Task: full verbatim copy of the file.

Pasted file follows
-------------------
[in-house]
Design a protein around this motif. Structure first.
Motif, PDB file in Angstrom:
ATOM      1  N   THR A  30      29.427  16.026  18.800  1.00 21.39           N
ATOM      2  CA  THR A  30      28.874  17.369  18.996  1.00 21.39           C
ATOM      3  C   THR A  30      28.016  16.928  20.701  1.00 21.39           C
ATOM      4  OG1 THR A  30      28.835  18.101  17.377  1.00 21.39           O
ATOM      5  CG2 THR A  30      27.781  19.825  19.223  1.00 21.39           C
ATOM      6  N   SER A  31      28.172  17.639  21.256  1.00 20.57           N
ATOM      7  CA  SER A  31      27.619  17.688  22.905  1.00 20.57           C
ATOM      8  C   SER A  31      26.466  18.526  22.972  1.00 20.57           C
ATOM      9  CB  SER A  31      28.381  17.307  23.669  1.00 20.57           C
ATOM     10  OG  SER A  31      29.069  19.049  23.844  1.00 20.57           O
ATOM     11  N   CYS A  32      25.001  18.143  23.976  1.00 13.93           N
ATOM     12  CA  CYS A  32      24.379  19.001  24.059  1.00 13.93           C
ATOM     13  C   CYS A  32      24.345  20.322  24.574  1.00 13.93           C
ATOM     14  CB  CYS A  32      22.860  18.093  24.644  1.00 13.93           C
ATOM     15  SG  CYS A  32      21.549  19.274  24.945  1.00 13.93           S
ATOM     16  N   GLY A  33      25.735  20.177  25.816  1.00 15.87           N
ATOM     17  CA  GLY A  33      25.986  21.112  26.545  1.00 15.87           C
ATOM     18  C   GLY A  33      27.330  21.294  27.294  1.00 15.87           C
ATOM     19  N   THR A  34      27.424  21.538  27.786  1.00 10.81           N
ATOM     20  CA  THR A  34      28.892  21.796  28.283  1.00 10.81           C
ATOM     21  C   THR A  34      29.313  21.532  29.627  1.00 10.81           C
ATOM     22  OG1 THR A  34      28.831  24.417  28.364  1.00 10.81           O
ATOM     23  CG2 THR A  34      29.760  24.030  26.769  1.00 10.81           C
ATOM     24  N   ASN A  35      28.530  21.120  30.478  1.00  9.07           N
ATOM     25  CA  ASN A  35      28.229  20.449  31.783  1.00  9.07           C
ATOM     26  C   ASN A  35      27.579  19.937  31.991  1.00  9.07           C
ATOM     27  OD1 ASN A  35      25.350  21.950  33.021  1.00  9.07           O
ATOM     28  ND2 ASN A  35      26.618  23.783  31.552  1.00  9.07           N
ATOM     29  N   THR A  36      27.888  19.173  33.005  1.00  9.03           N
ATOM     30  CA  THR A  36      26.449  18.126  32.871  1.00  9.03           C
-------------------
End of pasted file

[in-house]
Design a protein around this motif. Structure first.
Motif, PDB file in Angstrom:
ATOM      1  N   THR A  30      29.427  16.026  18.800  1.00 21.39           N
ATOM      2  CA  THR A  30      28.874  17.369  18.996  1.00 21.39           C
ATOM      3  C   THR A  30      28.016  16.928  20.701  1.00 21.39           C
ATOM      4  OG1 THR A  30      28.835  18.101  17.377  1.00 21.39           O
ATOM      5  CG2 THR A  30      27.781  19.825  19.223  1.00 21.39           C
ATOM      6  N   SER A  31      28.172  17.639  21.256  1.00 20.57           N
ATOM      7  CA  SER A  31      27.619  17.688  22.905  1.00 20.57           C
ATOM      8  C   SER A  31      26.466  18.526  22.972  1.00 20.57           C
ATOM      9  CB  SER A  31      28.381  17.307  23.669  1.00 20.57           C
ATOM     10  OG  SER A  31      29.069  19.049  23.844  1.00 20.57           O
ATOM     11  N   CYS A  32      25.001  18.143  23.976  1.00 13.93           N
ATOM     12  CA  CYS A  32      24.379  19.001  24.059  1.00 13.93           C
ATOM     13  C   CYS A  32      24.345  20.322  24.574  1.00 13.93           C
ATOM     14  CB  CYS A  32      22.860  18.093  24.644  1.00 13.93           C
ATOM     15  SG  CYS A  32      21.549  19.274  24.945  1.00 13.93           S
ATOM     16  N   GLY A  33      25.735  20.177  25.816  1.00 15.87           N
ATOM     17  CA  GLY A  33      25.986  21.112  26.545  1.00 15.87           C
ATOM     18  C   GLY A  33      27.330  21.294  27.294  1.00 15.87           C
ATOM     19  N   THR A  34      27.424  21.538  27.786  1.00 10.81           N
ATOM     20  CA  THR A  34      28.892  21.796  28.283  1.00 10.81           C
ATOM     21  C   THR A  34      29.313  21.532  29.627  1.00 10.81           C
ATOM     22  OG1 THR A  34      28.831  24.417  28.364  1.00 10.81           O
ATOM     23  CG2 THR A  34      29.760  24.030  26.769  1.00 10.81           C
ATOM     24  N   ASN A  35      28.530  21.120  30.478  1.00  9.07           N
ATOM     25  CA  ASN A  35      28.229  20.449  31.783  1.00  9.07           C
ATOM     26  C   ASN A  35      27.579  19.937  31.991  1.00  9.07           C
ATOM     27  OD1 ASN A  35      25.350  21.950  33.021  1.00  9.07           O
ATOM     28  ND2 ASN A  35      26.618  23.783  31.552  1.00  9.07           N
ATOM     29  N   THR A  36      27.888  19.173  33.005  1.00  9.03           N
ATOM     30  CA  THR A  36      26.449  18.126  32.871  1.00  9.03           C